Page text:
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Archway Methodist Central Hall Saved From Redevelopment

Sarah Sackman

Inspector John Dowsett has dismissed a developer’s appeal against LB of Islington’s refusal of planning permission for the demolition of the 1930’s Archway Methodist Central Hall, the last central hall to be built in London, and its redevelopment as offices. The building was originally financed by the movie mogul J Arthur Rank as part of a complex of sacred and secular buildings. The significance of the central hall lies in its design. Historically it contained a 1000 seater cinema and stage; the purpose of this was to attract mainly working class worshippers into a place with a secular feel and then expose those audiences to the church’s religious message.

The main issues in the appeal concerned (1) the effect of the loss of Class D1 (non-residential institution) floorspace and (2) the heritage impacts on the locally listed building hall and the St John’s Grove Conservation Area.

  1. The Central Hall was historically a place of worship. In the early 2000s, the Methodists sold the build and consolidated into the smaller neighbouring church leaving the central hall vacant. The Inspector found that despite this period of vacancy the D1 use of the site persists and the use should be regarded as a “redundant” form of social infrastructure. The development plan, which protects social infrastructure, requires demand for alternative social infrastructure uses to be considered before redevelopment or a change of use is considered. The Inspector found, on the evidence, there was a strong latent demand for use as a site for a range of social uses (eg. as a theatre, cultural centre, place of worship). The building’s poor state of repair and the restrictive covenants (including a covenant imposed by the previous Methodist owners preventing the sale of liquor) were not insuperable barriers to the future D1 use of the site. On that basis, the Inspector concluded the proposed development would result in an unacceptable loss of Class D1 in conflict with London Plan Policy 3.16 and Islington Policy DM4.12 of the DMP.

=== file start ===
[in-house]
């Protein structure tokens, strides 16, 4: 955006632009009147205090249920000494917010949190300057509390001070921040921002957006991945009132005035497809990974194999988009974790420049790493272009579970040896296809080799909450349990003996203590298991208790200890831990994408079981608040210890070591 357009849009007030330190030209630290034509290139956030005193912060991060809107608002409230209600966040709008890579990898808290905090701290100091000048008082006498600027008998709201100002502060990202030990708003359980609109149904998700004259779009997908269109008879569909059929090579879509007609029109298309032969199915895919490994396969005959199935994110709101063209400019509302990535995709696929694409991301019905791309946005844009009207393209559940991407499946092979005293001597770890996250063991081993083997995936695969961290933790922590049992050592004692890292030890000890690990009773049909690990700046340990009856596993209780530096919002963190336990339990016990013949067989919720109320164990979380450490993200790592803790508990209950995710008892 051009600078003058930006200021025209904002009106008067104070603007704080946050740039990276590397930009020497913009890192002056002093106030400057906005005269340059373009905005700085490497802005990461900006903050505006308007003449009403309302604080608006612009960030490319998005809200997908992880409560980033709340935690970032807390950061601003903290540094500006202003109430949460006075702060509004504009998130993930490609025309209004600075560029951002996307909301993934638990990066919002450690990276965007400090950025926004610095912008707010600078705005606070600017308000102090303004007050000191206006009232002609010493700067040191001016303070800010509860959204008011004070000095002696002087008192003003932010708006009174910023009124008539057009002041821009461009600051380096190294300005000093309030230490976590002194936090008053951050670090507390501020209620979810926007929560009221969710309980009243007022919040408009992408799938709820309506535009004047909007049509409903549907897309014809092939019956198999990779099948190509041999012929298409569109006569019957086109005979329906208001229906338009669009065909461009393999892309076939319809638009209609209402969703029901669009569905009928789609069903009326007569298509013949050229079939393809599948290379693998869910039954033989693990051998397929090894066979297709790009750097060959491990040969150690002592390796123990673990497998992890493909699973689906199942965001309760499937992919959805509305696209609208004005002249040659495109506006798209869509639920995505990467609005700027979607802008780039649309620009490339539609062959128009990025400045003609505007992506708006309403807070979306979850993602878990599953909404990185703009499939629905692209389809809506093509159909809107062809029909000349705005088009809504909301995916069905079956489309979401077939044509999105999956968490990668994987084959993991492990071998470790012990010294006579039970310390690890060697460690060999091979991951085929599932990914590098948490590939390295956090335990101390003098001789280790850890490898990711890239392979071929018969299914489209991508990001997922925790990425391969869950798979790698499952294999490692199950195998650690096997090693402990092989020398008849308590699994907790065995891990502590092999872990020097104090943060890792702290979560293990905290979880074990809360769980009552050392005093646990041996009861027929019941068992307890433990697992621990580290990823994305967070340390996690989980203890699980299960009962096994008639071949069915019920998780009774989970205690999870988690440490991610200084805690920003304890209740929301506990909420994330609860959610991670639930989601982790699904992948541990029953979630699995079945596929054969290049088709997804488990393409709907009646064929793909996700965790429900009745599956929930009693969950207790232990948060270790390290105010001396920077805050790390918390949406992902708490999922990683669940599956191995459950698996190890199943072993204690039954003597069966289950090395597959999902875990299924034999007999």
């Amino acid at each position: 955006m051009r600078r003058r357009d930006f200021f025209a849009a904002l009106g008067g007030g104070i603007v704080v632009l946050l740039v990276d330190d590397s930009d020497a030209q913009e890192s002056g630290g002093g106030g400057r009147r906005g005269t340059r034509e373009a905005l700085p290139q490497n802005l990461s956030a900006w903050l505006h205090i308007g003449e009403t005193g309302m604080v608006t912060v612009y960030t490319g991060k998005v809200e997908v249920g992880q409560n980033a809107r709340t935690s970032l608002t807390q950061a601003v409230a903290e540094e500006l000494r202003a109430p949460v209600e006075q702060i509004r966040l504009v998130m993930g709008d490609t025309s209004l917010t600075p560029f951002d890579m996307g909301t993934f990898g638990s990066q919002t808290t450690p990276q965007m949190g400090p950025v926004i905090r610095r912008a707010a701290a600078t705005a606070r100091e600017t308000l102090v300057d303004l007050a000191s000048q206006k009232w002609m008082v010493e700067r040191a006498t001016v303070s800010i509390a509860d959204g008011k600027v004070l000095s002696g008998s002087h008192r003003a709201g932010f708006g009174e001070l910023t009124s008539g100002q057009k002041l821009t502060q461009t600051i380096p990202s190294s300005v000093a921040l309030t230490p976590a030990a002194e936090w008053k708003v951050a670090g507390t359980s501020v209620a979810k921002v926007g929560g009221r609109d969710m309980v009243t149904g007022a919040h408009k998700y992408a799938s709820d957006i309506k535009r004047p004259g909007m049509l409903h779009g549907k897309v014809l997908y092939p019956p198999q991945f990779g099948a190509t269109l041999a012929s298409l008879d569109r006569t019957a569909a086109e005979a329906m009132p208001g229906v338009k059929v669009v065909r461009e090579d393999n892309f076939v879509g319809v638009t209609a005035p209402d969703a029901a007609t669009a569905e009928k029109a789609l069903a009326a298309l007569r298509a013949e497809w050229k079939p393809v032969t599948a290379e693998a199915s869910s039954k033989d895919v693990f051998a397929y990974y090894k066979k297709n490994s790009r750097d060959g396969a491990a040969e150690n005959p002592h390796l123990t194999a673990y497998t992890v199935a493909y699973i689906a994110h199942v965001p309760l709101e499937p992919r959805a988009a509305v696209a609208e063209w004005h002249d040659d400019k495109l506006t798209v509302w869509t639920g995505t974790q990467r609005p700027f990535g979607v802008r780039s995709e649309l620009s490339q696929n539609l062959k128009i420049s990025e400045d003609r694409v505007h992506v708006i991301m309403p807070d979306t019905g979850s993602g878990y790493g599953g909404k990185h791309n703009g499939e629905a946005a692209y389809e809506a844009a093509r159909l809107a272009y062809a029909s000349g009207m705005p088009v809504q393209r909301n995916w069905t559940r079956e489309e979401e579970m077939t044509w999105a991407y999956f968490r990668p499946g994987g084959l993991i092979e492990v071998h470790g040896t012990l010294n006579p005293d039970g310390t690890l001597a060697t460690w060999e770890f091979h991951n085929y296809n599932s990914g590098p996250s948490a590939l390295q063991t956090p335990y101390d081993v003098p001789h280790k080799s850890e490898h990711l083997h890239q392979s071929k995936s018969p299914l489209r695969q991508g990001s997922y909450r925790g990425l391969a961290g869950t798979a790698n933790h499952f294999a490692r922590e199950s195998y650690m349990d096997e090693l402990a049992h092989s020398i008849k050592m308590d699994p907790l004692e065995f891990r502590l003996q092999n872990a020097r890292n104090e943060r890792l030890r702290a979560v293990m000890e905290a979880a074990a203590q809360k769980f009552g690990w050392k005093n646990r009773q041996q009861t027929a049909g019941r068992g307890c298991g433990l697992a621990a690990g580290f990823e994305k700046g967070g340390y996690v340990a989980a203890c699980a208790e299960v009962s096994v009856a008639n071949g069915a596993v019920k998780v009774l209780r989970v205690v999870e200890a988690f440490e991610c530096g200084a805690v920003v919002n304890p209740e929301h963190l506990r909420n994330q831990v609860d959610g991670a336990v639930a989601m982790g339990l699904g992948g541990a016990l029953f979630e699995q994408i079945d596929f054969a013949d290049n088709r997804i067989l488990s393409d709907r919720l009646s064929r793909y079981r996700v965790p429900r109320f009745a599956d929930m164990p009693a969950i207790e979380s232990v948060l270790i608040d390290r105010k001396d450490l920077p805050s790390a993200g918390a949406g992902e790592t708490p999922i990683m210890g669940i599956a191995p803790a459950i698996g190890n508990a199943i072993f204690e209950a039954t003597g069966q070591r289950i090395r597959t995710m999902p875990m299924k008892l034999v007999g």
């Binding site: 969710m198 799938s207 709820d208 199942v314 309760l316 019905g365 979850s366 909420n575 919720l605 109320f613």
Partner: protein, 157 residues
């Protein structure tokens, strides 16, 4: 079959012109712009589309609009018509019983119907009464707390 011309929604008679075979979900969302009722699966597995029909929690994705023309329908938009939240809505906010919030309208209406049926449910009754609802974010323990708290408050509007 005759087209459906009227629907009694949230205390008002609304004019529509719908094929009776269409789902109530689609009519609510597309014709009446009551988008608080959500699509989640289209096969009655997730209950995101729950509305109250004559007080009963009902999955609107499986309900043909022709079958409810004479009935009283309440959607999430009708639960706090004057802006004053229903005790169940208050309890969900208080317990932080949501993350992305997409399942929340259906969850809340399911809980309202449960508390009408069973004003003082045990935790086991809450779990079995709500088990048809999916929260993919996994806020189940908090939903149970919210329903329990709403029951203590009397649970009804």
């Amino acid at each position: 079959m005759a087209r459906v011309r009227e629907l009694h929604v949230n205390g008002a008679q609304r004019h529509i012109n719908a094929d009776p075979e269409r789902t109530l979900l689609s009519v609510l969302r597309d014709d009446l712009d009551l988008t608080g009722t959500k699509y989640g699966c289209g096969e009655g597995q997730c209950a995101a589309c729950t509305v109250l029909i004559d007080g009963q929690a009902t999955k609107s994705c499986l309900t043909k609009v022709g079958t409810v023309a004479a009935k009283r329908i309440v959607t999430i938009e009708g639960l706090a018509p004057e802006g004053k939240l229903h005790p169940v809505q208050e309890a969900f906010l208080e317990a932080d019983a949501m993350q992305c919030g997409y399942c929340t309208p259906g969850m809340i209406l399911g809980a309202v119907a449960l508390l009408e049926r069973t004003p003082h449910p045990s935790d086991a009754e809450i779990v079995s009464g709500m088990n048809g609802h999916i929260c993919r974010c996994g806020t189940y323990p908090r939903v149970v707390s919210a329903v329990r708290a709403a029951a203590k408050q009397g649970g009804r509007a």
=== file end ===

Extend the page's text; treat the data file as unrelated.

2. In respect of heritage, the Inspector found the appellant had underestimated the significance of the Central Hall and therefore the impact of its loss on the wider complex of Methodist buildings. He found that the proposal would cause clear harm to the locally listed heritage asset contrary to the development plan. Moreover, the Inspector found that given the building’s prominent position on the Archway “island” and its contribution to the social history of the locality meant that less than substantial harm to the conservation area would arise as a result of both the demolition of the Central Hall and the proposed new office building design which was out of keeping with the CA. He concluded that harm was not outweighed, on the para. 196 NPPF balance, by the moderate economic benefits of the scheme.

Sarah Sackman was instructed by Laura Avery on behalf of the successful Local Planning Authority.

The decision letter can be found here.